Sanders Campaigns to Capacity Crowd in Richmond

By Maria Bernal | Photos by Denis Perez-Bravo

Thousands of people flocked to Richmond’s Craneway Pavilion from all over the Bay Area on Presidents Day to hear Vermont senator and presidential candidate Bernie Sanders speak at a “Get Out the Vote Rally” ahead of California’s March 3 primary.

In his 30-minute speech, Sanders touched on familiar themes, including Medicare for all, getting big money out of politics, the housing crisis, environmental policy, immigration and, of course, defeating President Trump.

“We are going to defeat Donald Trump, the most dangerous president in the history of this country,” Sanders said.

“Today, we say to Wall Street, and the insurance companies, and the drug companies and the fossil fuel industry… the military industrial complex and their endless wars… the prison industrial complex… today we say to the entire one-percent that we’re going to create a government that represents working people not just wealthy campaign contributors,” he said to raucous applause and shouts of “Bernie, Bernie” from the crowd gathered in the City of Pride and Purpose.

“The fact that he came to my hometown, I was really amped up to come and see him,” Elizabeth Verdin, 22, said.

Verdin said she had noticed that Sanders tweeted out his support for the city’s recent ban on the storing and handling of coal and petroleum coke.

“The fact that he knows about us, he tweeted about us, and he came here, it’s like, OK, you acknowledge us,” she said.

Verdin said, for people like her who grew up in Richmond, when it comes to voting, “We didn’t think that was really a thing for us to do.

“A lot of us don’t go out to vote,” she said. “In the [2016] election, with Trump, we saw the impact of it. I think [Sanders] really wants to shine a light on us and tell us, ‘Yes, your votes do matter. So Richmond get up.’ ”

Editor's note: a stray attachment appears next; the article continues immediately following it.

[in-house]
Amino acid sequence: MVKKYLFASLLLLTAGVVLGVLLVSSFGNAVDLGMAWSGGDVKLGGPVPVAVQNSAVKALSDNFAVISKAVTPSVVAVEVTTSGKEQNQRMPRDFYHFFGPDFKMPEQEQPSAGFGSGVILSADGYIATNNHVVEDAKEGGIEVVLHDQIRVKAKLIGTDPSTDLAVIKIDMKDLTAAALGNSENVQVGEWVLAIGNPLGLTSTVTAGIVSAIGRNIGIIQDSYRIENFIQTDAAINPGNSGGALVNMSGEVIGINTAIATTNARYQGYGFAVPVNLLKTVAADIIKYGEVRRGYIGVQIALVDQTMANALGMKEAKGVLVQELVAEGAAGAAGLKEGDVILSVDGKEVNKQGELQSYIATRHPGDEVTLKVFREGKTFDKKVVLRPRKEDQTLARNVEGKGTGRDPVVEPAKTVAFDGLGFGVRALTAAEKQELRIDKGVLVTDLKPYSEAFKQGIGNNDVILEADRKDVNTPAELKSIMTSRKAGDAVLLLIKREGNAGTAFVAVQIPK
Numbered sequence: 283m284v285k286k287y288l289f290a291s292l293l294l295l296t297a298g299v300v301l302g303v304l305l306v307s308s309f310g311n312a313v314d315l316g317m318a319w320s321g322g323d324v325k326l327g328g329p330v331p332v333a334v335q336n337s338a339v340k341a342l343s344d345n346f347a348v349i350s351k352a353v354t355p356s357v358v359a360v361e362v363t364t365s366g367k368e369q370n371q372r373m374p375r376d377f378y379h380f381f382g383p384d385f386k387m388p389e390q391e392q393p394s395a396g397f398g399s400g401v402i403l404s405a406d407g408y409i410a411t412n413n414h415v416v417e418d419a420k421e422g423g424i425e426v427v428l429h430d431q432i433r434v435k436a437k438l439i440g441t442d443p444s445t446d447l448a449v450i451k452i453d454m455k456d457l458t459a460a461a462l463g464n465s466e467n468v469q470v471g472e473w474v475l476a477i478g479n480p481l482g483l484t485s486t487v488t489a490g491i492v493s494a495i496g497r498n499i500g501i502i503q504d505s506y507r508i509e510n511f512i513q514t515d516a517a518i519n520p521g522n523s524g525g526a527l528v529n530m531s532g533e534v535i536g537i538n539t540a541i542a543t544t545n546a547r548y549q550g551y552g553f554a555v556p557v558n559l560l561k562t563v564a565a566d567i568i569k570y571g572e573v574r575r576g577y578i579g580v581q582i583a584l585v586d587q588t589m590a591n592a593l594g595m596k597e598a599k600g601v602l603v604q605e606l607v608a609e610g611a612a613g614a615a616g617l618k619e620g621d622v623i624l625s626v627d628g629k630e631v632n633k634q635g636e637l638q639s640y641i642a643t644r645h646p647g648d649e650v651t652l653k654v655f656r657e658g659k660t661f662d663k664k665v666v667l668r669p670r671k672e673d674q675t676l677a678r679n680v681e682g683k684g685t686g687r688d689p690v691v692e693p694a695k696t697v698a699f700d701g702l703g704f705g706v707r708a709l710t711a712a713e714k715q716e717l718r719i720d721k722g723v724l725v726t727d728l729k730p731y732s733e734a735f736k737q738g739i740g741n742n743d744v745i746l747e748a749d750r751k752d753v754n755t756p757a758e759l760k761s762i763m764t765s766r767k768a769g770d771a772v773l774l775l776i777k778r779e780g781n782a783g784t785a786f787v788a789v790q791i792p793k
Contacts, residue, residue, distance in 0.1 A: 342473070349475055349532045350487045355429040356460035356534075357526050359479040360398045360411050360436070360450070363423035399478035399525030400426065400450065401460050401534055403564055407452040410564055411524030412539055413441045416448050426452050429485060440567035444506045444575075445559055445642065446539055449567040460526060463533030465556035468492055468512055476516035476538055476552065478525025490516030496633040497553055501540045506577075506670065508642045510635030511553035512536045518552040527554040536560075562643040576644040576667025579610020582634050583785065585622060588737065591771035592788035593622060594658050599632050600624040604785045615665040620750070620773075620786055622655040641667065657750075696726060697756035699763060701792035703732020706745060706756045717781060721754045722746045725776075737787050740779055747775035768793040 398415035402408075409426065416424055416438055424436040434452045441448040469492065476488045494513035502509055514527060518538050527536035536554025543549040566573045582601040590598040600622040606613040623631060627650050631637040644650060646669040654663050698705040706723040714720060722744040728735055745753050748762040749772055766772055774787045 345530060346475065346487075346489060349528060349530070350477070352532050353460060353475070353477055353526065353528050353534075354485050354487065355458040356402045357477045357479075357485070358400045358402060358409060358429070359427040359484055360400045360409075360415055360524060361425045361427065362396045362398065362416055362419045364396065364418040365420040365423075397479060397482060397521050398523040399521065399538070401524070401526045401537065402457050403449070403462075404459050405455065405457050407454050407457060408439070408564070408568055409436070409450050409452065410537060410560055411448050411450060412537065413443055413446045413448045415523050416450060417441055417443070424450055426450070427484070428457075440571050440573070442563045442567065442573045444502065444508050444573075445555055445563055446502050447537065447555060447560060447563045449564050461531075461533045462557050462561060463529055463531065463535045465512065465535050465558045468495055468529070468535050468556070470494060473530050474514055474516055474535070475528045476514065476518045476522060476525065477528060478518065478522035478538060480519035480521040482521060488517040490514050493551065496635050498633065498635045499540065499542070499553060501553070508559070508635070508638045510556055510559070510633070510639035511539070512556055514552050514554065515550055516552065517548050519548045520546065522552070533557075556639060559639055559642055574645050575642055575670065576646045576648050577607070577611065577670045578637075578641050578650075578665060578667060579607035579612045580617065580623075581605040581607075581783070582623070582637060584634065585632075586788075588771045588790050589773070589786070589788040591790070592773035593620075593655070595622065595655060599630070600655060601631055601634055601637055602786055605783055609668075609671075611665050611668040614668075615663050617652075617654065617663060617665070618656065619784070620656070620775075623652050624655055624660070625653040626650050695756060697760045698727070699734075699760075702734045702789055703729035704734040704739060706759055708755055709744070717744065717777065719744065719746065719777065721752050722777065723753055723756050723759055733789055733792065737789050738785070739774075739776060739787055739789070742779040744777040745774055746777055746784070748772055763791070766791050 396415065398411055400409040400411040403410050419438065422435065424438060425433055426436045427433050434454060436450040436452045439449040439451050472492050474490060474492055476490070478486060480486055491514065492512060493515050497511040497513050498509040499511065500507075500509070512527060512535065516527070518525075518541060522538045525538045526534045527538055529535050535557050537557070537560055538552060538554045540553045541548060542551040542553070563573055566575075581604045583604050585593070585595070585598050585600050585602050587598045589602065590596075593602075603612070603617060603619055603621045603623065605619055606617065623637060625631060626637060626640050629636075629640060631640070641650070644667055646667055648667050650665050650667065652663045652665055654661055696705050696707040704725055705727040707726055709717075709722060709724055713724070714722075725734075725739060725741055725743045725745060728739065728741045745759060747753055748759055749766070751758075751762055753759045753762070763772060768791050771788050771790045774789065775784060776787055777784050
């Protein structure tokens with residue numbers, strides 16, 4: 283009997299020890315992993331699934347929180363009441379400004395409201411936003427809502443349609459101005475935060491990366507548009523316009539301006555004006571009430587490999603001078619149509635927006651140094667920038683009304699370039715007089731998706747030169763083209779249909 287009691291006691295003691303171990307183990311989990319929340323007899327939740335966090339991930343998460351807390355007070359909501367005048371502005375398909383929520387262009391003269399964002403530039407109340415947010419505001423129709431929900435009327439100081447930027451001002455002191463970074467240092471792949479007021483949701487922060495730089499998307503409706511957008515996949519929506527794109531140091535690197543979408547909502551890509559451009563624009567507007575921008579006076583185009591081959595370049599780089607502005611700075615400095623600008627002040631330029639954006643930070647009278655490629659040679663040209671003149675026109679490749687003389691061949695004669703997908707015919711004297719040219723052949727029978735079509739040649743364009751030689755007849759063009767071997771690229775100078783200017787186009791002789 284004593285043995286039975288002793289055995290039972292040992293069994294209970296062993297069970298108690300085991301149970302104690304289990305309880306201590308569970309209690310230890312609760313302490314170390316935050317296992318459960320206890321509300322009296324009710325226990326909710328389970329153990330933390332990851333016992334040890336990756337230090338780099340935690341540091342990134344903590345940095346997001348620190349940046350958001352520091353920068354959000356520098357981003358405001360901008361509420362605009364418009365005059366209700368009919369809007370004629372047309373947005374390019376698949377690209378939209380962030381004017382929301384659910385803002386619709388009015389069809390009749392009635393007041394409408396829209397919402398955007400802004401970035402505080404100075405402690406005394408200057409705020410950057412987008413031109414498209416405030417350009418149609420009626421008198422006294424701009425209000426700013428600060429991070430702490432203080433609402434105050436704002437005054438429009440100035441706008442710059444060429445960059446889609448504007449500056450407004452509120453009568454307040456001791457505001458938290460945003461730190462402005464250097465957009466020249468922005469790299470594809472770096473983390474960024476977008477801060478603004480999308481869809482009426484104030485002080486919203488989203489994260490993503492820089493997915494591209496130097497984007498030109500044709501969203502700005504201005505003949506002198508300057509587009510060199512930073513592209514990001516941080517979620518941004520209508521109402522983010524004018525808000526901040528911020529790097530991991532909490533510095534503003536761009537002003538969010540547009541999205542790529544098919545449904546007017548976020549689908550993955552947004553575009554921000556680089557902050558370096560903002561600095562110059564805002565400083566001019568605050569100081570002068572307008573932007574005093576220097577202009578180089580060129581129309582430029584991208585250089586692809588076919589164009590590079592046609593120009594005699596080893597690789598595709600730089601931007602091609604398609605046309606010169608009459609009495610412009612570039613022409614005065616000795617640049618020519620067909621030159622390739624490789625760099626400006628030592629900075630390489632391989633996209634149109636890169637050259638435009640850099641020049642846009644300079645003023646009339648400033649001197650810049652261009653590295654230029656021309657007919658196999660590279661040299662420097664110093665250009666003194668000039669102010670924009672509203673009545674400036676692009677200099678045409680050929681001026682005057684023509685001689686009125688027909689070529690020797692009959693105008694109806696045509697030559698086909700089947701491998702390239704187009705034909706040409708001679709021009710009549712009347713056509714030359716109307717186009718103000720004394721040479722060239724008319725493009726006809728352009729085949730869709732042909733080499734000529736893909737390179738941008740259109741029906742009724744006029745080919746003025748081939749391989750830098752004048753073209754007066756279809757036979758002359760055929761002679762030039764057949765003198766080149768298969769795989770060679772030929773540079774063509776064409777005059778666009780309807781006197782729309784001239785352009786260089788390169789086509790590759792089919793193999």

The pavilion’s doors opened at 10 a.m., but a line of people formed past the Ekso Bionics building about a thousand feet away. An hour later, people gathered behind the venue’s glass walls with folding chairs.

The crowd had to be cut off around 1 p.m. because the venue, which holds 5,500 people, was overflowing with attendees, from toddlers to senior citizens. Supporters who could not make it before the doors closed cupped their eyes and pressed their faces to the glass in hopes of getting a better view.

Before Sanders took the stage, the venue was oven-like as two bands played and bilingual speakers and a Nurses for Bernie spokesperson gave their support.

Actor and activist Danny Glover introduced Sanders to the impatient crowd, who erupted in cheers as the senator took the stage. Parents propped their children on their shoulders so they could get a better look.

Sanders railed against what he called “a rigged economy and corrupt political system that allows billionaires like Trump to get massive amounts of campaign contributions from his billionaire friends.”

Sanders also called out Democratic rival and multibillionaire Mike Bloomberg.

“Now, Mr. Bloomberg, like anybody else, has a right to run for president,” Sanders said. “He does not have a right to buy the presidency, especially after being mayor of New York and having a racist stop-and-frisk policy. Especially after opposing, imagine a multibillionaire opposing a raise in the minimum wage.”

[Editor’s note: Bloomberg in 2015 said he has “never been in favor of raising the minimum wage,” but he had apparently changed his mind last year when he called raising the minimum wage the “most straightforward change” to fight poverty. Indeed, Bloomberg’s economic plan reportedly would raise the minimum wage to $15/hour.]

Adia Harrison, 35, came to the rally from Oakland, wanting to hear any last minute things Sanders had to say with the primary around the corner.

She’s still an undecided voter with healthcare and a living wage being the most important issues to her.

“His track record versus Warren’s track record, I’m trying to figure out who’s going to stay consistent when they actually get in to office,” Harrison said.

Sanders also used his speech to ask No Party Preference voters to register as Democrats so they can vote for him on March 3. He encouraged voters to get their votes in as soon as possible, and his campaign staff was on hand to collect early vote-by-mail ballots.

[Editor’s Note: For the March 3 election, No Party Preference Voters in California are allowed to request a presidential primary ballot from the Democratic, Libertarian and American Independent parties.]

“Please do everything you can and get a democratic ballot so that we can win here in California,” Sanders told the crowd.

Malcolm Marshall contributed to this report

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